Revolutionizing Mental Health

by Kayla Moon |

edited by Emma Dones

Imagine, if you will, that you are in a manic state completely unable to cope with reality. Suddenly, you’re grabbed, forcefully, by people you’ve never met and thrown into a small room with no windows. The doors are locked, and someone else begins to strip you naked, beating you if you protest. This is a short glimpse into the treatment of those committed to an asylum because they suffered from a psychological illness in 1840s America.

Modern science has yielded groundbreaking discoveries in understanding mental illness, however, despite this significant improvement, the treatment and care for mentally ill patients still resemble the horrors of the 1840s.

The homeless population is the most neglected community in America, and by analyzing that neglect, we can see just how ineffective our treatment is concerning mental health. Rather than demonizing the poor, let’s, instead, take a more open-minded approach. Of the data collected so far, numbers show that 30% of individuals who are chronically homeless could potentially be diagnosed with a mental illness. These numbers tell us homelessness is not merely caused by laziness or unwillingness to work but from an untreated psychological disorder or trauma of some kind. These individuals, who are forced to live on the streets through the hottest summers and depths of freezing winters not only suffer immensely from their environment but also fight a possibly more intolerable battle within their minds.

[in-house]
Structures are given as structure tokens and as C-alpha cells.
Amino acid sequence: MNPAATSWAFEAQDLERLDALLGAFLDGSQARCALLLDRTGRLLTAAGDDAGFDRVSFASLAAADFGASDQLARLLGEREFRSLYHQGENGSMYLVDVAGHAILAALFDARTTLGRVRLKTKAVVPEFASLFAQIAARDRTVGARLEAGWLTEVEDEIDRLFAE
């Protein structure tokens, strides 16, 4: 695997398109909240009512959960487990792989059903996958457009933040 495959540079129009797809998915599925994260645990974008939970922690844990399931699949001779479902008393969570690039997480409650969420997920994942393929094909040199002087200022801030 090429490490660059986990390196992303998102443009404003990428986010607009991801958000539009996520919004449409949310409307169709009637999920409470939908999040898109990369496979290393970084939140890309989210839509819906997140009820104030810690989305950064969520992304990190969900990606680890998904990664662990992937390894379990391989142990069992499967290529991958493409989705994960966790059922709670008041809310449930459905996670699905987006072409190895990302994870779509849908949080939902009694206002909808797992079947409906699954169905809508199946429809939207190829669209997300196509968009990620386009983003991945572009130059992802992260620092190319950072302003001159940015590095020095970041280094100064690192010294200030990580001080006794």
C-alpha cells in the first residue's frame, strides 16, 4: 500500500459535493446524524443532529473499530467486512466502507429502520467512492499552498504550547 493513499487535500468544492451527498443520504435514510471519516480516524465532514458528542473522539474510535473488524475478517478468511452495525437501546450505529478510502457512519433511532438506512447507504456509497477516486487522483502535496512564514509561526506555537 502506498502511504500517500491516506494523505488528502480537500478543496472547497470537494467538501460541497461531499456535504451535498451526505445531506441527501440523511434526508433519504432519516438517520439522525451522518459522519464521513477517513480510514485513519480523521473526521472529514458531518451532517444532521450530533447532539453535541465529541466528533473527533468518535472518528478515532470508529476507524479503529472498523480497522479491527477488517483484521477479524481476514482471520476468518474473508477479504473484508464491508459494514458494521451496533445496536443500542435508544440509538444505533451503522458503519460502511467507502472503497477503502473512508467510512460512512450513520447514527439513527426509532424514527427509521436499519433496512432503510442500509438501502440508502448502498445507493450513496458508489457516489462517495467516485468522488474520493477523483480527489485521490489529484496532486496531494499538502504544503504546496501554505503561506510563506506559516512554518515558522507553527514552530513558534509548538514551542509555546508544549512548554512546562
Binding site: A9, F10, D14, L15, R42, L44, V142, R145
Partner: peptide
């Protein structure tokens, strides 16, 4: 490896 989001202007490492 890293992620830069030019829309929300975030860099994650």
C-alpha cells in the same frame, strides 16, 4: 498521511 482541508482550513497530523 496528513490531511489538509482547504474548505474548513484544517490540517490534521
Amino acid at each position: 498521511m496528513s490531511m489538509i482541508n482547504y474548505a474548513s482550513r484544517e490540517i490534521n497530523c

Our society has yet to build adequate structures of support for this community. It’s important to take an objective stance and observe how the methods of the 1840s still, frustratingly, correlate to the institutions of today. Often, when a homeless person has a mental health crisis, it is left to a police officer with little or no training in mental health to handle the situation. Brute force and weapons are often used, and 20% of the time the situation ends with officer-involved fatalities.

Rather than being placed in an asylum, the physiologically struggling homeless are thrown in jail. This sterile, institutionalized environment which consists of caging people suffering an emotional and mental crisis has yet to provide any rehabilitation success rates. That is reason enough to call for an end to these inhumane practices which only bring forth a horrendous way of affirming any preexisting conditions of mental illness. Homeless people who are in need of support are too often physically assaulted first and then thrown into a place which only serves to make their conditions infinitely worse. If we are to have any hope as to resolving this issue, we need to turn away from this system that is still, surprisingly, overwhelmingly supported.

Some homeless, those lucky enough not to be jailed, have access to county services where meetings are available with an intern psychologist. This system sounds like a good solution but is, in reality, entirely unhelpful. Take, for example, the stark differences between public services offered by the county and that which is provided by a private clinic.

The county office appears subhuman by comparison in the treatment and respect shown to its patients. When checking in, the individual is given a number and told to sit with 30-50 other people who are all on the bell curve of hysteria. In a private clinic, the individual is met with tea, magazines, inspirational pictures, and comfortable chairs with – at most – three to five others sharing the room. It is this kind of treatment from a private clinic that a mentally unstable person needs to receive to feel supported in their healing journey.